The leading modern case on this power, ironically authored by Chief Justice William Rehnquist, in other areas identified with a more profederalism viewpoint, South Dakota v. Dole, allows federal spending for purposes not within the actual delegated powers and to achieve purposes indirectly that would not be constitutional if attempted directly by the federal government. This case dealt with whether South Dakota had to raise its alcoholic beverage drinking age from 18 to 21 years of age in order to keep a portion of its federal highway grant money after Congress amended the Interstate Highway Act to require the raising of state drinking ages. An additional issue was the fact that the Twenty-first Amendment seemingly protected the right of the state to regulate its own drinking age. The Rehnquist majority opinion said that the federal government could attach provisions to its grants under the spending power, even if they seemed to intrude on what otherwise might seem to be the internal police power of the state. The Twenty-first Amendment was found not to bar the grant condition because the condition was not coercive and was related to the purpose of the grant. Dole set out four limits to federal spending and conditions on it: (1) the condition must not be coercive; (2) it must be reasonably related to the purpose of the spending (germaneness), though substantial deference will be given to the determination of Congress; (3) it must be clearly stated (the “clear statement” rule); and (4) it must not be otherwise barred by the Constitution (also called the “independent constitutional bar” requirement). Only the clear statement rule has so far proven to place any real limits on Congress. The coerciveness requirement seems largely to be met as long as the state has the ability not to accept the grant or the grant condition in the first place, since the grant is then usually viewed under the aspect of contract law. In addition, Dole affirmed earlier holdings that the Tenth Amendment is not a limit to conditions to grants. The reasonably related requirement was restated in 1992 in New York v. United States to the requirement that a condition must “bear some relationship to the purpose of federal spending,” though this obviously is not much of a limit either.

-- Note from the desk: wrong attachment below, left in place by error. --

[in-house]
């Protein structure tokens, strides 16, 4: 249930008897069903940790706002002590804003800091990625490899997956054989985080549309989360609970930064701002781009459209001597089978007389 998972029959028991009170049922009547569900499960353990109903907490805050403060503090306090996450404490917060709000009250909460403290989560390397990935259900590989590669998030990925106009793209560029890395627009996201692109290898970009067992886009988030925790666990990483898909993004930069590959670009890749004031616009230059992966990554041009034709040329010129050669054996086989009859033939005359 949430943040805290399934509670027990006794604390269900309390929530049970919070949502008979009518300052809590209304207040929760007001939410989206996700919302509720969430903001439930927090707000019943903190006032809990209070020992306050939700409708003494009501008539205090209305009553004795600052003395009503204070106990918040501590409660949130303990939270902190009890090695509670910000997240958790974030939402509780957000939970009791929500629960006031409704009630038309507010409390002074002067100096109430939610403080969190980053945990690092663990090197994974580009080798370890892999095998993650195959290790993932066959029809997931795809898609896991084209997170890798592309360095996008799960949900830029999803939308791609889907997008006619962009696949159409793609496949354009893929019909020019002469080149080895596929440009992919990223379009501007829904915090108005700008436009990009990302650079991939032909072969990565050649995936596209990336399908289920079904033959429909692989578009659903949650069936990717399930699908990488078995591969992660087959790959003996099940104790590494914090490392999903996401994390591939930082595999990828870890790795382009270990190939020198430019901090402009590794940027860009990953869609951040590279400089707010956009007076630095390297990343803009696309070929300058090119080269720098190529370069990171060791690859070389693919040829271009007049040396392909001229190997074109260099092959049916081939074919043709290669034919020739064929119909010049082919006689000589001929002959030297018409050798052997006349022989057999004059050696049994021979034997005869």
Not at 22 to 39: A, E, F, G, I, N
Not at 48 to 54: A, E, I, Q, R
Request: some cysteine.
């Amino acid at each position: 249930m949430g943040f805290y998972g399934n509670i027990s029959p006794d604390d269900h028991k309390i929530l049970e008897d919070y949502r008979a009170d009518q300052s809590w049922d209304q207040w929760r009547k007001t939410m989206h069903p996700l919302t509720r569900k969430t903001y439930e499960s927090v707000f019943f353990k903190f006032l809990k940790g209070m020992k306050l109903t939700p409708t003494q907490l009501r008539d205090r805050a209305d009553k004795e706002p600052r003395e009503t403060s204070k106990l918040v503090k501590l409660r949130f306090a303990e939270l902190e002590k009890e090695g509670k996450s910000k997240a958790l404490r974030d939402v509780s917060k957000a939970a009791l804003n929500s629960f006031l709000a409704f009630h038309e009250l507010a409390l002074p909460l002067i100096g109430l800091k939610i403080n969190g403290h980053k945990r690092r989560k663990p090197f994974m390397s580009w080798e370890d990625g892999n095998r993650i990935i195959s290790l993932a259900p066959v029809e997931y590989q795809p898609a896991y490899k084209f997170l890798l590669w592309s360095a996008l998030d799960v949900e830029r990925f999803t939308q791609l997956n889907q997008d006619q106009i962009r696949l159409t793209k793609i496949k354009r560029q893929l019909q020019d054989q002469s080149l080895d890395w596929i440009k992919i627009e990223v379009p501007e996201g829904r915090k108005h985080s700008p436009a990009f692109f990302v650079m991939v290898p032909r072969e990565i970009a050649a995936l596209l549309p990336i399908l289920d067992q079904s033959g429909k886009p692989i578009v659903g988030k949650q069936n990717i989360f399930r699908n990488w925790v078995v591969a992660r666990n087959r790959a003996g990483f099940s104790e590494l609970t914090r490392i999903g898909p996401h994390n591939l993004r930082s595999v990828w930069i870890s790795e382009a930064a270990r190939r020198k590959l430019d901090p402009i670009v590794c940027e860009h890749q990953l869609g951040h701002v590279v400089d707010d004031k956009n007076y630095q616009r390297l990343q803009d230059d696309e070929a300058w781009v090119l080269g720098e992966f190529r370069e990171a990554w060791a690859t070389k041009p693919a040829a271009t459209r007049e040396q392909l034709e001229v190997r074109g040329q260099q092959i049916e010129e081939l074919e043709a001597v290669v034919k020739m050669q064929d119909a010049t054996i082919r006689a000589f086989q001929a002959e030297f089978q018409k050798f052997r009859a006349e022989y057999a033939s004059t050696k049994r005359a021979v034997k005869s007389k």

Though the spending power has not come under as much judicial scrutiny in recent years for possibly adverse effects on federalism as the power to regulate commerce or the Fourteenth Amendment, and some are suggesting that it should, it obviously has had a major effect on federalism, perhaps as much as the other powers. The major expansion of federal spending beginning in the New Deal and especially spending through grants-in-aid has transformed federalism into the modern “cooperative” federalism that we have known for generations and that is a major factor in the level and kind of services provided by state and local governments, with all the attendant administrative complexities, costs, and conflicts; the increasing tendency of Congress to attach crossover or other sanctions to grants; and concerns about which level of government is most efficient for performing services or raising revenues. At the same time, it seems that federal spending is shifting to payments to individuals and away from grants to cities and local governments, so with all the problems of cooperative federalism, its intergovernmental fiscal dimension is changing. Lingering questions remain, however, as to whether there are any limits to “the general welfare”; what is a reasonable connection to the initial purpose of the grant, or to what is “coercive” of states; how far the conditions that Congress attaches, or the interpretation an administrative agency makes of the conditions, are constitutional; and, ultimately, whether federal spending is good or bad for federalism.
Erwin Chemerinsky, “Spending Clause Symposium: Protecting the Spending Power,” Chapman Law Review 4 (Spring 2001): 89; Daniel J. Elazar, American Federalism: A View from the States, 3rd ed. (New York: Harper & Row, 1984); John Kincaid, “De Facto Devolution and Urban Defunding: The Priority of Persons over Places,” Journal of Urban Affairs 21 (1999); Theodore Sky, To Provide for the General Welfare: A History of the Federal Spending Power (Newark: University of Delaware Press, 2004); Laurence H. Tribe, American Constitutional Law, 3rd ed. (New York: Foundation Press, 2000); and Joseph F. Zimmerman, Contemporary American Federalism: The Growth of National Power (Westport, CT: Praeger, 1992).